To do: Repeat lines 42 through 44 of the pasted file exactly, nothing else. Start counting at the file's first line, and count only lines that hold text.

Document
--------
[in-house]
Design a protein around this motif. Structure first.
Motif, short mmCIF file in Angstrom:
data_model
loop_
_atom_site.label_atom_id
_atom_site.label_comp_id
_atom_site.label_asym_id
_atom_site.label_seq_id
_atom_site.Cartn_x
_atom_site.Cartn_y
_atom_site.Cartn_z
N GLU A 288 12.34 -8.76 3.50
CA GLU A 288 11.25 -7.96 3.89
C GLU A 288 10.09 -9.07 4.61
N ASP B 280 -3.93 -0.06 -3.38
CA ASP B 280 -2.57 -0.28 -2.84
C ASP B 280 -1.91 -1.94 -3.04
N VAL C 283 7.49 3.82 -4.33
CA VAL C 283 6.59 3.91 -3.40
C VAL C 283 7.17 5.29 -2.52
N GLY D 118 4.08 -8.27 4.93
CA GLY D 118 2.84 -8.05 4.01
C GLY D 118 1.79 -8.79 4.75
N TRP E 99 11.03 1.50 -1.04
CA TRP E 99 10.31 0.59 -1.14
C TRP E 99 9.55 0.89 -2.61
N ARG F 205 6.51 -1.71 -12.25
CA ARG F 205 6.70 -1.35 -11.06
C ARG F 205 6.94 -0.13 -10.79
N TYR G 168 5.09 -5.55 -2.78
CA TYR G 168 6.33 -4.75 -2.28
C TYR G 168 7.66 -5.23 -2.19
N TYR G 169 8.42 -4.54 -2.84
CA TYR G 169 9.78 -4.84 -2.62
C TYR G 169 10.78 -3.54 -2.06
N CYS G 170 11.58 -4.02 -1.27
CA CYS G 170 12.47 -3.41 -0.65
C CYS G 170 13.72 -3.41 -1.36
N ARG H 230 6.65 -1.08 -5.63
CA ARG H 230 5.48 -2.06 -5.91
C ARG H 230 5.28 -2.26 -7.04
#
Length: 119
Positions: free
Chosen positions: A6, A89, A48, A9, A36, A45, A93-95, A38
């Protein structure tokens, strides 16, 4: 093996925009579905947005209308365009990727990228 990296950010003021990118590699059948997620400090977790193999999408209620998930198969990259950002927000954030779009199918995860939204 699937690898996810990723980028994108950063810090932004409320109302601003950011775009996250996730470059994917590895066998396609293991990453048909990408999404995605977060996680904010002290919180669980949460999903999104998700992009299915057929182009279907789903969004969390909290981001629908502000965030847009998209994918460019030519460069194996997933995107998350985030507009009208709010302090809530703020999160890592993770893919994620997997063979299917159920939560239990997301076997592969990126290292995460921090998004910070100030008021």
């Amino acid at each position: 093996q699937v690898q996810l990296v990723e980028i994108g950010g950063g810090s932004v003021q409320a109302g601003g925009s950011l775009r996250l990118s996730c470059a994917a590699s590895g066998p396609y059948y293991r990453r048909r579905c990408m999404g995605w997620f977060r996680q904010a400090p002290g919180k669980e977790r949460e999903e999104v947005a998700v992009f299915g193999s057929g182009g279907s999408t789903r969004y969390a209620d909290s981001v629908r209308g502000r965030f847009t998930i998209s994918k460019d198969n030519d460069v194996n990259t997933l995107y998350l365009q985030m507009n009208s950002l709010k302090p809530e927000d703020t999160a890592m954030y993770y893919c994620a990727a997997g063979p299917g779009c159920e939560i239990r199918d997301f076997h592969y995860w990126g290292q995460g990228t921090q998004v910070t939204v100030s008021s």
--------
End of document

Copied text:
C ARG H 230 5.28 -2.26 -7.04
#
Length: 119